A meteor from outer space explodes near Chelyabinsk, Russia, right after Pope Benedict XVI announces he will resign from the papacy. Immediately people start saying, “God is angry.” The same was said about Hurricane Sandy devastating the New York tri-state area. We deserved it, of course, our city being the modern equivalent of Sodom and Gomorrah. And when a huge blizzard hits New York, a similar sentiment is echoed. We are being punished; we are being reminded who is in charge.
As (what I believe I am) a modern day Catholic, I am amazed at people still thinking this way. In literature it is known as “pathetic fallacy” when characters attribute natural events to the gods reacting to human affairs. It is rife throughout fiction and drama and poetry for characters to claim “the gods must be angry.” Consider in the great Shakespearean play Julius Caesar how the night before the conspirators are to assassinate Caesar in the Senate, a powerful thunderstorm rocks Rome. Immediately some of them think twice about their mission; maybe the gods are trying to tell them something.
More than 2,000 years later it is incongruous that people keep saying the same thing. To listen to some callers on talk radio shows here in New York City, you would think they have never taken a science class in their lives. They are convinced that the meteor was a sign sent from God. He is angry about Benedict leaving. There were predictions that this would happen, and that would signal the “end of days.”
Only a few months ago people were citing the Mayan calendar and were predicting the end of the world. These theorists make all kinds of arguments that their viewpoint is correct. We keep passing their “deadlines” (as we did with the millenium), and then they are left to recalibrate and find a new date that the world will end.
The Russian meteorite has really stoked the fires of this fanaticism to the point of lunacy. Unfortunately, as the world awaited the flyby of Asteroid 2012 DA14 on February 15, 2013, there were tensions that this rock (the diameter of which was about the length of an American football field) could hit us, even though scientists said it would not. Then along comes the meteor in Russia, and people start thinking the events are connected. This must mean the end is nigh.
This is all part of pathetic fallacy. The “gods” are not any angrier with us than they were 2,000 years ago. Each one of these events is a natural occurrence, one fully and completely explainable by science as part of the solar system, galaxy, and universe in which we live. One need only look at the turbulence in space, the violence of exploding stars, and know this kind of thing is happening everywhere. So the universe, for all its beauty, can indeed be a dangerous place. Welcome to reality.
Here on earth we have seen all sorts of natural disasters: hurricanes, tsunamis, earthquakes, volcanoes, blizzards, and floods. People who read the Bible and take everything on its pages literally want to connect what is happening today to things that happened long ago. Since God brought plagues upon Egypt, can we not imagine it could happen again?
The truth is relative for each person, and everyone is entitled to his or her beliefs. It just doesn’t seem rational to link a human event like the pope’s resignation as something that needs a corresponding reaction in nature to show us God is watching. While, as a Catholic, I do believe God is watching, I also believe that it is not in any malevolent manner. On the contrary, I believe God loves us so much and would never send any disaster to hurt us; however, I don’t think God will put down a hand to stop a flood or put out a forest fire. These are events in the mortal world that are our responsibility to deal with accordingly.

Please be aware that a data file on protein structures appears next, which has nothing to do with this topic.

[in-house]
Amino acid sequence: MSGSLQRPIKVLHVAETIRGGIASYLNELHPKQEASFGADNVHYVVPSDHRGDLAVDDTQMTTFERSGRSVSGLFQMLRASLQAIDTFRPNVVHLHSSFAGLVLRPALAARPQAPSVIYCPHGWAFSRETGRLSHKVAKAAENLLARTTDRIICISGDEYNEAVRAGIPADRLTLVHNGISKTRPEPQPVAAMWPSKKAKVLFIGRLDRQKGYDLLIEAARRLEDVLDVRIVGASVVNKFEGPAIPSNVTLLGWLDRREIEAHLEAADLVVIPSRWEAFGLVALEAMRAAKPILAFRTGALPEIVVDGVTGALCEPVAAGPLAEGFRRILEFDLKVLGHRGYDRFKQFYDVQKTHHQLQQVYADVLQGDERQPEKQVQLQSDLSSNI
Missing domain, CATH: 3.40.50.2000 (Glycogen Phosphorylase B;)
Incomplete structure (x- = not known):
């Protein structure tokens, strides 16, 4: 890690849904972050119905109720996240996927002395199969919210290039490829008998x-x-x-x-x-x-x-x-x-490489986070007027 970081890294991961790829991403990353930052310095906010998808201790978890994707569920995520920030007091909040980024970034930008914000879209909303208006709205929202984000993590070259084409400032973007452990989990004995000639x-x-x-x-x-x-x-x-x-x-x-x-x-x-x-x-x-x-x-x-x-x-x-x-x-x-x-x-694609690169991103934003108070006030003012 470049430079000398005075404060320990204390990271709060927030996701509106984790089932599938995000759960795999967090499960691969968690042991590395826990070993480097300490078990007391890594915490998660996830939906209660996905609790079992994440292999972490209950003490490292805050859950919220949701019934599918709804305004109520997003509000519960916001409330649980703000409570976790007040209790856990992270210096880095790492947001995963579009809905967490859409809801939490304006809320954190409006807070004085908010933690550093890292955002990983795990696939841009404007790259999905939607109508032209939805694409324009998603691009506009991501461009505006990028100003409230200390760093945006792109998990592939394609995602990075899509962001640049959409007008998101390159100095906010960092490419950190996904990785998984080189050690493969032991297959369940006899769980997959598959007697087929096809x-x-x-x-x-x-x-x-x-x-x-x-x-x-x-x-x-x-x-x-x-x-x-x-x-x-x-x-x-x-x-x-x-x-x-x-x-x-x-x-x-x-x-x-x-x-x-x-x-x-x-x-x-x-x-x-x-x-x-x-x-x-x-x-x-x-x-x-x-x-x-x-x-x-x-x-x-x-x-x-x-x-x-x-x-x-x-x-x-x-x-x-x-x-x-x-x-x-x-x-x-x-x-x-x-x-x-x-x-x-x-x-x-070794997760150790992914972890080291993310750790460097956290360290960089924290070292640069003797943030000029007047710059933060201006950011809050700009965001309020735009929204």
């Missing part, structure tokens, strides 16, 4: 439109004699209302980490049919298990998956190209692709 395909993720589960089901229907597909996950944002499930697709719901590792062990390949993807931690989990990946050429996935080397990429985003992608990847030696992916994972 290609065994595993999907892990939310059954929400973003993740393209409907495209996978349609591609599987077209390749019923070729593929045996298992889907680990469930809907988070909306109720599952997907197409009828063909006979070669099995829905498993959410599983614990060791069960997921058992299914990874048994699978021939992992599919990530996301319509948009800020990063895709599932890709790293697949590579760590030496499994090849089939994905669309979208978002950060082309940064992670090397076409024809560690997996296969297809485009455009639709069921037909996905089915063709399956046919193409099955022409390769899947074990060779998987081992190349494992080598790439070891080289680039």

I think most rational people will know that God didn’t put a hole in the ozone layer, pollute rivers and oceans, build nuclear weapons that could obliterate human life, or invent diseases like AIDS or cancer to teach us lessons. These are all things that come from within us or that we have created. The great minds of science attempt to find cures and clean our waters; politicians must find common ground to make peace a reality, and human beings everywhere must do their part to make the world a better place.
While I firmly believe God is there, I also think that his benevolence is constant and all encompassing. He wouldn’t harm us, but because we have free will we are able to murder or create; we can build or tear down, and we can heal or hurt, and that is all part of our gift of life. It is what we choose to do with it that is essential.
All these disasters are just part of the natural way of things. The first and last occurrence that God was directly responsible for was no doubt the event known as “the big bang.” After that I believe that God stepped back and, as the Bible tells us, saw that it was good. As the universe evolved, somehow or other this third rock from a star floating in the magnificent galaxy known as the Milky Way had all the right components for the elixir of life (as we know it). Here we are now living on a beautiful blue marble spinning in the black dark of space, the twinkling distant stars silent partners in a vast universe we may never fully comprehend.
The next time you hear thunder crash overhead and see the flash of lightning in your windows, remember it is nothing more than a dark and stormy night. Yes, it is the thing of gothic novels and scary movies, but nothing more than that. Of course, one day the world will end, and it probably will be as natural as any of the other occurrences we witness is space, our blue marble eventually being devoured by our dying star. That is, of course, if we don’t speed the process with weapons of our own creation. That is not a pathetic fallacy, of course, but simply pathetic.
Photo credits: Russian meteor – discovery.com; pope – nytimes.com; hurricane sandy – yahoo.com; Milky Way – NASA.govPowered by Sidelines